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Sunday, 8 September 2013
How to Make and Can your own Marinara Sauce
Topic: Garden


If you are overloaded with Roma (plum) Tomatoes and have always wanted to try making your own marinara sauce and canning it—today's blog is the step-by-step way to do it!

I am assuming you have no preconceived notions about this-- so, it is written step-by-step. 


How to Make and Can Marinara Sauce


  1. Pick and wash a counter-top full of Italian plum tomatoes. This recipe will start with 12 quarts of skinned and seeded tomatoes and juice. You'll ultimately have about 8 + quarts--think of it as 7 quarts for the canner and some for immediate use.  

    Discard any tomatoes with bruises that have mold or caused breaks in the tomato skin or have an obvious rotten area. Don't just cut off a rotten part, if it's bad, it's bad throughout so discard the whole tomato.

  2. Start by skinning and seeding the tomatoes. For this you will need to boil a pot of water (and you'll be working in batches, so repeating this step over and over until you have all the tomatoes done). Make a cross hatch slit on the plump side (bottom) of the tomato. 

     


    Drop a batch of prepped tomatoes into the boiling water for about 2 minutes to scald the skin. Remove the tomatoes into a large bowl of ice water. 

     



    Working over a plastic lined garbage can or large bowl, take a tomato in your hand, slide off the skin and gently squeeze the tomato until most of the seeds are expressed into the waste receptacle. Put the rest of the tomato pulp and juice right into a food safe, sanitized container until you're done with all of them. (Note--see how these large square, measurable containers come in handy? I got them at Sam's Club). 

     


    You DO need to remove ALL of the skin, but you MAY leave some seeds. Keep working in batches until you have 12 quarts of juice and pulp. Your final amount after cooking and reducing will be just over 8 quarts. ( So if you want less, start with 6 quarts and use half the amounts below to yield 4+ quarts.)

  3. Add ½ cup of olive oil into a stock pot and about 8 LARGE cloves of garlic, minced. Cook through and then add all of the tomatoes, pulp and juice.

  4. Add ½ bottle (750 ml. Size) dry red wine.

  5. Stir in the following ingredients, adjusting seasonings to your taste preferences.

Some people like fennel seeds, others prefer fresh herbs. For me, I want this to be all about the tomato.


  1. Check the starting volume on your pot.


     

    Bring to a boil, then reduce to simmer. You will be cooking this down until the volume reduces by about 30%, And it will take hours, but the house will smell amazing. Stir the pot intermittently. Definitely remove any errant skin that might have gotten in the pot. The wine, cooking, and stirring will break up the tomato pulp. But if you want, you can use an immersion hand blender or a masher to break up any stubborn clumps.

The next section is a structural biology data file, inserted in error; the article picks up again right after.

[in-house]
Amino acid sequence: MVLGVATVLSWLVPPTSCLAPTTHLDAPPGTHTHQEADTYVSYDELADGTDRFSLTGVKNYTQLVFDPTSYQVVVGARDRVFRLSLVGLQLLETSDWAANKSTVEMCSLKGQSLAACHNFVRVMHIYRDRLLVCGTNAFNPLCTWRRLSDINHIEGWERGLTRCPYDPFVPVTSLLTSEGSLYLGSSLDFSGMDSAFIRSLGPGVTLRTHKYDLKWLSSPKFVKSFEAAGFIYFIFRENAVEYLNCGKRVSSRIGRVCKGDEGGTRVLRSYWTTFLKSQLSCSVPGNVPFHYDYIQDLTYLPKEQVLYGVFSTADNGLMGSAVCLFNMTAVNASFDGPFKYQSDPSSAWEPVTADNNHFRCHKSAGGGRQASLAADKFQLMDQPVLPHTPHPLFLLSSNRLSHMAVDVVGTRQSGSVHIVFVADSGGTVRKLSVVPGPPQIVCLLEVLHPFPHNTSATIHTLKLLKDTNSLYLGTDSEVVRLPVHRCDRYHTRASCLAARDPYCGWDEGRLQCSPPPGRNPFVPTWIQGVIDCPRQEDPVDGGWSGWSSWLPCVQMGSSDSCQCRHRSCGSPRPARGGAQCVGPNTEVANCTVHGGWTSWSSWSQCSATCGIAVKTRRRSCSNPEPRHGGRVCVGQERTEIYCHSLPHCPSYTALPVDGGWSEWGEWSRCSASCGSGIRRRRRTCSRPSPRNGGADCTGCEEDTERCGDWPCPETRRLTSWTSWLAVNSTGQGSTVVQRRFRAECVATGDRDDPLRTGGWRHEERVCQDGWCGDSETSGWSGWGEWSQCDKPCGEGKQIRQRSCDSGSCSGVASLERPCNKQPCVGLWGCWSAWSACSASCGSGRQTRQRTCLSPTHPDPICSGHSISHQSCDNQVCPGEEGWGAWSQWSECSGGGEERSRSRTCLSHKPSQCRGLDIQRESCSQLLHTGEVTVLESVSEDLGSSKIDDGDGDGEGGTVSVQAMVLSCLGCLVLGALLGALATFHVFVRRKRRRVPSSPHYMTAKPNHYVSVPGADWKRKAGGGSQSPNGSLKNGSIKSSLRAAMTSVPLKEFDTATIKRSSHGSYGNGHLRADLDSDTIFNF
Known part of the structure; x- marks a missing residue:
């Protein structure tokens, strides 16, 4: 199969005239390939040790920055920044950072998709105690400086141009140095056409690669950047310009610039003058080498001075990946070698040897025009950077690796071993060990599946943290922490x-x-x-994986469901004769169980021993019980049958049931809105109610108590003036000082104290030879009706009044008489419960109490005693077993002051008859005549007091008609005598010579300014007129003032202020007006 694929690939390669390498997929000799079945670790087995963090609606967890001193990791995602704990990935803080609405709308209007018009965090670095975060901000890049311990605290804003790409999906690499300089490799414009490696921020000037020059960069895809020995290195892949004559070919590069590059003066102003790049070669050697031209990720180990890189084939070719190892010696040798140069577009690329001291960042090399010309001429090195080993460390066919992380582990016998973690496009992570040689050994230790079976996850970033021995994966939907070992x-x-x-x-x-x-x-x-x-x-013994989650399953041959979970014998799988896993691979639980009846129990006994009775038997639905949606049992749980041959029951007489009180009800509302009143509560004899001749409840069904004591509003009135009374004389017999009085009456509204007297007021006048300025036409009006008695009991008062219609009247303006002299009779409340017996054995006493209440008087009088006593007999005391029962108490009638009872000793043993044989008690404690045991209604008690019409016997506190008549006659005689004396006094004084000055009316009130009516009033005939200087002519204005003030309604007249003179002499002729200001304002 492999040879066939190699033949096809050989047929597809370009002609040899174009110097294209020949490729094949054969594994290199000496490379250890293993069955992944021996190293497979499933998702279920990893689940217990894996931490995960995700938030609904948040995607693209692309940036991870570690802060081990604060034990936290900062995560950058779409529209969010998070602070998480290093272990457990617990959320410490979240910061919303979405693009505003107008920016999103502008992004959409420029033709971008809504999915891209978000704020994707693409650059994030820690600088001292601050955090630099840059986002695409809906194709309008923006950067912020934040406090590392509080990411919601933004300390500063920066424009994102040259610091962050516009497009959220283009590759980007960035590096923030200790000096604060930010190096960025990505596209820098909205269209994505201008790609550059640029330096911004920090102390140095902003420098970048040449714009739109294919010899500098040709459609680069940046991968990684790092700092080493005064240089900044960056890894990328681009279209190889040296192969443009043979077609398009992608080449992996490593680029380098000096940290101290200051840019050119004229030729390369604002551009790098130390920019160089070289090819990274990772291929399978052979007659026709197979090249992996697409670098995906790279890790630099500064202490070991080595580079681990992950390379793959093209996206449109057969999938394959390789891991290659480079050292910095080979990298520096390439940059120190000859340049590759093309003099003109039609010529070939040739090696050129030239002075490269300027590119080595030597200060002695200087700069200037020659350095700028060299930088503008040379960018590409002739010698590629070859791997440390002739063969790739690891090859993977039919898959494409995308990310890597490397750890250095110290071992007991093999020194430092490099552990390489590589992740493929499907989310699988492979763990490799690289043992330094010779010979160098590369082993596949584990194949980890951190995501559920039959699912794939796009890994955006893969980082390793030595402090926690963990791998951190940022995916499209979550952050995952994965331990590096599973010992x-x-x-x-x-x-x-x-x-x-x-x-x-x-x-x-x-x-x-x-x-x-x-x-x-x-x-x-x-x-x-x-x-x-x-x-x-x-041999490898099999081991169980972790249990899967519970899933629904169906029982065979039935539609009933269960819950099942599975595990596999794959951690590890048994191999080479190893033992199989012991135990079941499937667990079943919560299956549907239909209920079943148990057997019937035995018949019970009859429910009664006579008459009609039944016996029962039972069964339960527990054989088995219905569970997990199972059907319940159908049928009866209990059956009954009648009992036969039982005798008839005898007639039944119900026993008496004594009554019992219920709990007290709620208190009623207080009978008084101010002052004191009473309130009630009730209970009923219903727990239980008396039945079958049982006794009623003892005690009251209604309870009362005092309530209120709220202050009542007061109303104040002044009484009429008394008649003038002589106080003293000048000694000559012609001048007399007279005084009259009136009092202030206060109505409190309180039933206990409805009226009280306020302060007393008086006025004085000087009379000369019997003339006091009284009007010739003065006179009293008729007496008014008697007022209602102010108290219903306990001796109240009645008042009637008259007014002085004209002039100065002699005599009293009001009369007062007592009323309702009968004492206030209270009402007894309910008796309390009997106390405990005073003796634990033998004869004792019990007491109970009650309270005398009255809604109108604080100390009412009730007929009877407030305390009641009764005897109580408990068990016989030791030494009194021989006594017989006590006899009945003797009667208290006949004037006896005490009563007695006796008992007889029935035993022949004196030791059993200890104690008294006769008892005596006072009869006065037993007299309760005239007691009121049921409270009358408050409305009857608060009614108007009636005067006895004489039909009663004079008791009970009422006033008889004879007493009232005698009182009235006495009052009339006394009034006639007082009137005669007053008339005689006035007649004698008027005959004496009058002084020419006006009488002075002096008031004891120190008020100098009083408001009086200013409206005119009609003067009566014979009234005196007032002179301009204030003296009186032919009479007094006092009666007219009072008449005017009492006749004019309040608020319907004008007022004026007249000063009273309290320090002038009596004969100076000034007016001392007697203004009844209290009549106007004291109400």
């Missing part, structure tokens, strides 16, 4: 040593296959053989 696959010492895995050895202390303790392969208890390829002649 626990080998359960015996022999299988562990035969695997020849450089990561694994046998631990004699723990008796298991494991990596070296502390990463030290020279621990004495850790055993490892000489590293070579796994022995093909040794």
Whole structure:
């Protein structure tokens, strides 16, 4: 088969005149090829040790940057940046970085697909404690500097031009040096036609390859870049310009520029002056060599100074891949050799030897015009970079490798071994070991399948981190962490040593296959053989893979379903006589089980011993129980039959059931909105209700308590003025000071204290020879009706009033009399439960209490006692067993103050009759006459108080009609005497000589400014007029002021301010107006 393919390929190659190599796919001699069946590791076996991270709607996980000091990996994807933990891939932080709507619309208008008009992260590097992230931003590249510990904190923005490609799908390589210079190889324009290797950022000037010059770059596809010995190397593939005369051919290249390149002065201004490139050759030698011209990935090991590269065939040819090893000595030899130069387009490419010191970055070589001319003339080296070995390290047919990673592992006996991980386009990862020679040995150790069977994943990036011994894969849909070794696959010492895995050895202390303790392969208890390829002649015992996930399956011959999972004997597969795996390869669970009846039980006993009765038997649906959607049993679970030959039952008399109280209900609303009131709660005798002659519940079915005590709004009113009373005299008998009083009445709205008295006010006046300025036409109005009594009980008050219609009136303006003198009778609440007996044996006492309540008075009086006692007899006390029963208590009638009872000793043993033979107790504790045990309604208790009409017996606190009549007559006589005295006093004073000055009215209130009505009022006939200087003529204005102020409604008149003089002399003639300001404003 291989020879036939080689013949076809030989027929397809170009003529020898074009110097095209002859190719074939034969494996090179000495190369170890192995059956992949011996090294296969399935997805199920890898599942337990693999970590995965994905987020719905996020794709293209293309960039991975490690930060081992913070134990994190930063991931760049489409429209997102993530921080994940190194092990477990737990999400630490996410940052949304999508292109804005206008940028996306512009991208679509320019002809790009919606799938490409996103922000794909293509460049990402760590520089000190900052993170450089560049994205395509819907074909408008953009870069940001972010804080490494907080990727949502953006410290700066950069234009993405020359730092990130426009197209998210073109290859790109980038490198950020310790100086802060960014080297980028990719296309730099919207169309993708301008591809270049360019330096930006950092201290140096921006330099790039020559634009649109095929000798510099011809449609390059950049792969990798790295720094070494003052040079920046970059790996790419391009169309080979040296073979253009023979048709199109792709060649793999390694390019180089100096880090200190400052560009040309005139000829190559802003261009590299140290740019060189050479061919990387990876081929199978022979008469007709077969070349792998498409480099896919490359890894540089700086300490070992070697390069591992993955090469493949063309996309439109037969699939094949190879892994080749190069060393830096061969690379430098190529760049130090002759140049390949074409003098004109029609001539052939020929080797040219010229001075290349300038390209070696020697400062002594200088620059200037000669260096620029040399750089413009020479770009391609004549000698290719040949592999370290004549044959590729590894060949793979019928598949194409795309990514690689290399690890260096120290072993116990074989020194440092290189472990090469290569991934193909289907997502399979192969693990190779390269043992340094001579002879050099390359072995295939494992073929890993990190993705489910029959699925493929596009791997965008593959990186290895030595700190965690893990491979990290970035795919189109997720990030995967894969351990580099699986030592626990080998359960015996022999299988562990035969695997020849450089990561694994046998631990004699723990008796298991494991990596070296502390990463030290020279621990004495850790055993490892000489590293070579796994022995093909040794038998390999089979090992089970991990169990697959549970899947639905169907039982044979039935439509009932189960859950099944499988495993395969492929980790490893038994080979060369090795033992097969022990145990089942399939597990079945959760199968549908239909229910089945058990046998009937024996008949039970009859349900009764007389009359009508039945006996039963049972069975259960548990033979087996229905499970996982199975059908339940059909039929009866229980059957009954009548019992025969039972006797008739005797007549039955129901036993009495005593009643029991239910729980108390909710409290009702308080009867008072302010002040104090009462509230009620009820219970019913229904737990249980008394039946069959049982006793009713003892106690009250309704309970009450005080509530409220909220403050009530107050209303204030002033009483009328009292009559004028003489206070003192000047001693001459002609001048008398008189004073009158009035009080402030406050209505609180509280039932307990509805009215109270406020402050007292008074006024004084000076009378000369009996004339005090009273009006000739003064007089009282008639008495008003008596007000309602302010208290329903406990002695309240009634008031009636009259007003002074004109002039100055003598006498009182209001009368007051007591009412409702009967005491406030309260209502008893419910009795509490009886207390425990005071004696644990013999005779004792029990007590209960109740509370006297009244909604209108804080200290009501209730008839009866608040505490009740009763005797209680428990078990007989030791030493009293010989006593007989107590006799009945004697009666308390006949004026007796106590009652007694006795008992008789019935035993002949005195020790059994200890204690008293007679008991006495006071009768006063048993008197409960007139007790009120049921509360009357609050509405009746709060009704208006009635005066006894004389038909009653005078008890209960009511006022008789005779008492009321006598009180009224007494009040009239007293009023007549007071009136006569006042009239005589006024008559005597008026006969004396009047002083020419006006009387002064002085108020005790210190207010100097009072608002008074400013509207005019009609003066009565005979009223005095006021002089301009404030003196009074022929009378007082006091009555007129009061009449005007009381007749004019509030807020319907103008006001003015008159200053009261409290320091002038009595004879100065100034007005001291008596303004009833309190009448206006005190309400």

2. Once reduced, take some out to a small bowl. It should be a nice consistent, and plump sauce, and not separate into any layers. If a watery level separates from the pulp, it needs more reducing. Make any last taste adjustments in seasonings now.


     

    .

  3. Meanwhile, prep your canning jars by sanitizing the jars in a dishwasher and keeping them in the heated unit until use.

  4. Heat the new lids and rings in boiling water to basically heat through. See photo below.

  5. Get the canning equipment ready. Set the holder on top of the boiling water bath.

     


  6. Ladle marinara sauce to within ¼ inch of the lid, using a canning funnel to keep product in the jar. Apply lid and ring to a finger tight closure, not super tight. EXTRA marinara sauce that will not be canned, can be cooled and placed into freezer containers and frozen for use within the next 6 months or refrigerated for use within the week.

  7. Load the canning holder with six jars, lower into the boiling bath. Load the center 7th jar in the middle. Add water if needed to cover the jars 1 inch above the lid with water.

     


  8. Process for 35-40 minutes. Shut off heat. Leave in another 5 minutes.

  9. Using the jar remover, carefully remove the sterilized jars to a toweled counter-top. When cooled, they can be labeled, dated and stored. Yes, they will ping and the middle of the lid will indent in this process. (That is, if you press on the middle, there will be no “give”)

     


  10. Yep, a lot of work—but what a gift to friends or yourself !


Posted by Karen at 15:42 CDT
Updated: Sunday, 8 September 2013 15:59 CDT
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